Dave Amitri on The Incredible String Band
I’ve taken some guidance from Wikipedia to get some background of The Incredible String Band and it strikes me that they were from a time now over 50 years ago of which I know very little. However they were “discovered” by someone who saw them play live and signed them. The album I’ve listened to 3 times today is their eponymous debut.
The first thing that struck me before I heard a note were the sleeve notes, I literally laughed out loud. I’ll share 1 paragraph ….
“There are three logs, one for each of the incredible string band, and although they look just like any other logs, they were given to the three musicians by a golden wonder potato, who was a very close friend of the magic blackbird”
There is more of the same and a joyful description of each song by Mike Heron, no lyrics, just a stream of consciousness that already sets the scene for what is to follow. I knew what was coming before the needle hit the record. The one for “Oh Lord How Happy I am” should become a daily poem at all secondary schools in the UK. The front cover seems to include Martin Fry, Ed Sheeran and Noel Gallagher holding a selection of antiques for celebrity “Flog It”
The album opens with “Maybe Someday” which is a lovely ditty in the folk traditions and instantly put me in mind of those guitar lesson programmes in the dead zone of weekday morning TV of the early 70’s. You’re immediately aware that these are talented musicians having a crack at singing in a Bob Dylan style, I have to confess I haven’t checked who came first. As expected there are flutes, I suspect some lutes and other instruments you wouldn’t find in a Coldplay recording session (no-one tell Chris Martin) but in the hands of Heron, Williamson and Palmer (who only gets one song which according to Wiki stretched his belief in the magic blackbird) it creates a really pleasant sound and collection of songs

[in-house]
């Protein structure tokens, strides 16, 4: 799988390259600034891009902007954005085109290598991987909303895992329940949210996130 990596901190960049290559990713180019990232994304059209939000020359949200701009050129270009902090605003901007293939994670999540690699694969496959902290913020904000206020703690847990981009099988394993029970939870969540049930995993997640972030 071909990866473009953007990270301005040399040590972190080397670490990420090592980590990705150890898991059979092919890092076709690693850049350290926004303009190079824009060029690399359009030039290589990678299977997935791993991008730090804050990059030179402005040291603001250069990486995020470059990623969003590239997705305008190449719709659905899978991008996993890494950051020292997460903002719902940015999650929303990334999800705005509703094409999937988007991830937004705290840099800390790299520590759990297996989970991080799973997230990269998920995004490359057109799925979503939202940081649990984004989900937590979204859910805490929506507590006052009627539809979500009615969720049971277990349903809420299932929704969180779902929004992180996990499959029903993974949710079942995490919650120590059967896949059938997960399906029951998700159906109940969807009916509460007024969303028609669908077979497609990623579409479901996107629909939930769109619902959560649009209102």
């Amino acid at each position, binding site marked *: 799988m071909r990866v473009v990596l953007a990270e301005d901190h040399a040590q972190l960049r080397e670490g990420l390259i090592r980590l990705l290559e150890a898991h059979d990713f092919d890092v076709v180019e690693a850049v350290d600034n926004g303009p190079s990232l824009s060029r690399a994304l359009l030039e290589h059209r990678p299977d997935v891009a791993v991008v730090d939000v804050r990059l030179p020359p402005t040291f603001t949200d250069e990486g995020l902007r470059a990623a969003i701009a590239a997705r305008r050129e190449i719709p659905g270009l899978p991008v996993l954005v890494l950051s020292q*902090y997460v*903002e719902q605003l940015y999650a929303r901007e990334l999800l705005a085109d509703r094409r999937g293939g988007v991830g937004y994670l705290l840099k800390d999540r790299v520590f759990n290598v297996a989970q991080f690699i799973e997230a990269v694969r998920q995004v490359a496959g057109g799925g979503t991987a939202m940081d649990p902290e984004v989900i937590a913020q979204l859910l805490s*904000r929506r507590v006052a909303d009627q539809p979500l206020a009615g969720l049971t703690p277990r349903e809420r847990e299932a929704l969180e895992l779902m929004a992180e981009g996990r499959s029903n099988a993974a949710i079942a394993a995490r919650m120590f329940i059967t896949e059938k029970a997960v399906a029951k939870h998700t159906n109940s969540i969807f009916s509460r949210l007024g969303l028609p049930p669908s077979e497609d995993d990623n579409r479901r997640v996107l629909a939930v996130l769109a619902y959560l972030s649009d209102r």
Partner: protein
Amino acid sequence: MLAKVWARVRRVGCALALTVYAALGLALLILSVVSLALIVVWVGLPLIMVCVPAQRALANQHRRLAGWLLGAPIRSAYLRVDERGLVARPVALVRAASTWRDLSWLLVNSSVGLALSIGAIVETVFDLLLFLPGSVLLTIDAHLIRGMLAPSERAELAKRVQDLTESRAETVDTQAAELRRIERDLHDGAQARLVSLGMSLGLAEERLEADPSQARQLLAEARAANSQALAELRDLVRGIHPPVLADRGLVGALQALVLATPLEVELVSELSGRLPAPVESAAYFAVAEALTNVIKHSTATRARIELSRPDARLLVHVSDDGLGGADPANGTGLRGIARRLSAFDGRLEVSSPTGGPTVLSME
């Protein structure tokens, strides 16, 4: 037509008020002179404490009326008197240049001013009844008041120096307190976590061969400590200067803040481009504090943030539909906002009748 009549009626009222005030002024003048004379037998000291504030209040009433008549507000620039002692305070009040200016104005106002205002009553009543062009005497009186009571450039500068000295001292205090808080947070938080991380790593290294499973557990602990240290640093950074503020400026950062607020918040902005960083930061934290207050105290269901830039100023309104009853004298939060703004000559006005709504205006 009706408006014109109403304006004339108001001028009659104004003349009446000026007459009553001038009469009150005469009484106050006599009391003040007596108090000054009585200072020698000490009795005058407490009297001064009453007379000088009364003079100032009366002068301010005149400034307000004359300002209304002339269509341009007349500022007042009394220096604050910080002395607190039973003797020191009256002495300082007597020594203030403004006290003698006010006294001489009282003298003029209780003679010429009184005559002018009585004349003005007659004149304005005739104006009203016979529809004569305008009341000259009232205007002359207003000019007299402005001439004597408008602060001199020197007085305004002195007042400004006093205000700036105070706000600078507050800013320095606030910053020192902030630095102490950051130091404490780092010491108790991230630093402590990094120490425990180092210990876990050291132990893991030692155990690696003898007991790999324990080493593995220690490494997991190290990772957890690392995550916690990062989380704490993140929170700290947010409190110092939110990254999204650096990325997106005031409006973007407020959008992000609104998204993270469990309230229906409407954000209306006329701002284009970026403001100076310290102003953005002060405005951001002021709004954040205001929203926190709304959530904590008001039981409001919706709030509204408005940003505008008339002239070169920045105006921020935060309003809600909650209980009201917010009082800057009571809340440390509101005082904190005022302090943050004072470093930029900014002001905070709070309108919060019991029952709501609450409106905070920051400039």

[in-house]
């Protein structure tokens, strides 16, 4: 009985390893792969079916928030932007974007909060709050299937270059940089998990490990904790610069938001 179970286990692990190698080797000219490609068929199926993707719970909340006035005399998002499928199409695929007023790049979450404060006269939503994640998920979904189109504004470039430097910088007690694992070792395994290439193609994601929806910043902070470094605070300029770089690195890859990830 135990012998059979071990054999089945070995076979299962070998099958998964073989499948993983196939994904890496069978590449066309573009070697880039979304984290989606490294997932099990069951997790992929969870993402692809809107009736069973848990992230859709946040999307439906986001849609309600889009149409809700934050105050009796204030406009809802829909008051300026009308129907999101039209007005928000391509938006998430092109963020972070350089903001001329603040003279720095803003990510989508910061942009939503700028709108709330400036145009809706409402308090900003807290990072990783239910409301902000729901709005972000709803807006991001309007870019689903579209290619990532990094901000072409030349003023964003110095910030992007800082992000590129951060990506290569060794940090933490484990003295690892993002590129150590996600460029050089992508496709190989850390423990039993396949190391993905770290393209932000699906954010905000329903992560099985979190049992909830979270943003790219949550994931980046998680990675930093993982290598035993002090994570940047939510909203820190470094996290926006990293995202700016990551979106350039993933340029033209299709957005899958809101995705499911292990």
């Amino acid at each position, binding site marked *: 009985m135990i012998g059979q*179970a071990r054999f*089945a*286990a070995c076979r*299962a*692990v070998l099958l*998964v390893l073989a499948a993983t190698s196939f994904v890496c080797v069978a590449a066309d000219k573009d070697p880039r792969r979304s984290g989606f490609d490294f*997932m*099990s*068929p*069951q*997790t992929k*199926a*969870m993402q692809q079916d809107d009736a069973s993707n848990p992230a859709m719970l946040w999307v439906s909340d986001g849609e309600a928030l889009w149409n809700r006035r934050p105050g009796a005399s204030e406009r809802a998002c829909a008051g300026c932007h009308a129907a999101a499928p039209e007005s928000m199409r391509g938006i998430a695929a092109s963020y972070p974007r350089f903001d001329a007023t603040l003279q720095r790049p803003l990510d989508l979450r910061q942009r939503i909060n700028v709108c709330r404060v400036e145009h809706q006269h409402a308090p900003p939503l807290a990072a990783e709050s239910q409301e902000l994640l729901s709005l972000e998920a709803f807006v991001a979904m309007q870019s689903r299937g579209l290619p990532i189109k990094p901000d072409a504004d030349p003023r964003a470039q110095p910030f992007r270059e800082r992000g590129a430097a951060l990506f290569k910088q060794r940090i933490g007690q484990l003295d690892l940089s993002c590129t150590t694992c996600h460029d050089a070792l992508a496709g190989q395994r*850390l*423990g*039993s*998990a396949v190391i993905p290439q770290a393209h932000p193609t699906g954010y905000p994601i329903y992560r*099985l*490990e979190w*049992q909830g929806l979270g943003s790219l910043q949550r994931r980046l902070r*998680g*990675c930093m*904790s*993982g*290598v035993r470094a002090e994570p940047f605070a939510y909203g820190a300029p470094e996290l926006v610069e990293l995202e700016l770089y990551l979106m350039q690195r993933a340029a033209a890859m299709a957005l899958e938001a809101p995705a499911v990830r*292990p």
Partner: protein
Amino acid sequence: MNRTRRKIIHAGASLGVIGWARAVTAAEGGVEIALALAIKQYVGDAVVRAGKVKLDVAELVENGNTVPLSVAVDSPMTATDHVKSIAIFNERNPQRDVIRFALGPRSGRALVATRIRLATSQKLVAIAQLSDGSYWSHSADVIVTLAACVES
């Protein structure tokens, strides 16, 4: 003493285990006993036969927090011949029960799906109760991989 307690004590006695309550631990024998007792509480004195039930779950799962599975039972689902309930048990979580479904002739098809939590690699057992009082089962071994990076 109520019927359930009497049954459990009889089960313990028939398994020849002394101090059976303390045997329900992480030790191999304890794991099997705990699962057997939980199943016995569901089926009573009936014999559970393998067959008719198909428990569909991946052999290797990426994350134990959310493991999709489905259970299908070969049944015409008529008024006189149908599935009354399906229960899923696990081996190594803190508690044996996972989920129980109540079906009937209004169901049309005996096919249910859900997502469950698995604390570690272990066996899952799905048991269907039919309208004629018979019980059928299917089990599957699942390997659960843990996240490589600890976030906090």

It’s obvious I can’t judge after 3 listens beyond the honest view that there is enough here for me to give it another go. I’d love a time machine to back to 1966 and get a sense of the vibe of that time that allowed this album to be made. It’s clear all was not well with the world and The Incredible String Bands freeforming hippydom and music was intended to be an antidote to that, A group of celestial travellers takings sounds from the birds and the forest and turning them into songs for all to enjoy. It’s a shame they followed the structure of an album format and could have been even more out there. The writing on the cover is a real find and I genuinely love it.
In summing up, it’s a folky journey back to a more innocent time. Any album that can go from “Footsteps of the Heron” to “Niggertown” is ok with me. 3 obviously talented, creative musicians just being in a time and space that I suspect not many others have inhabited. It’s given me an insight into Johnny C’s world and leaves me with a lovely mental picture of Pencilsqueezer at his easel. brush in hand being inspired by “Smoke Shovelling Song” . All in all a lovely time capsule of an album that I will definitely be trying again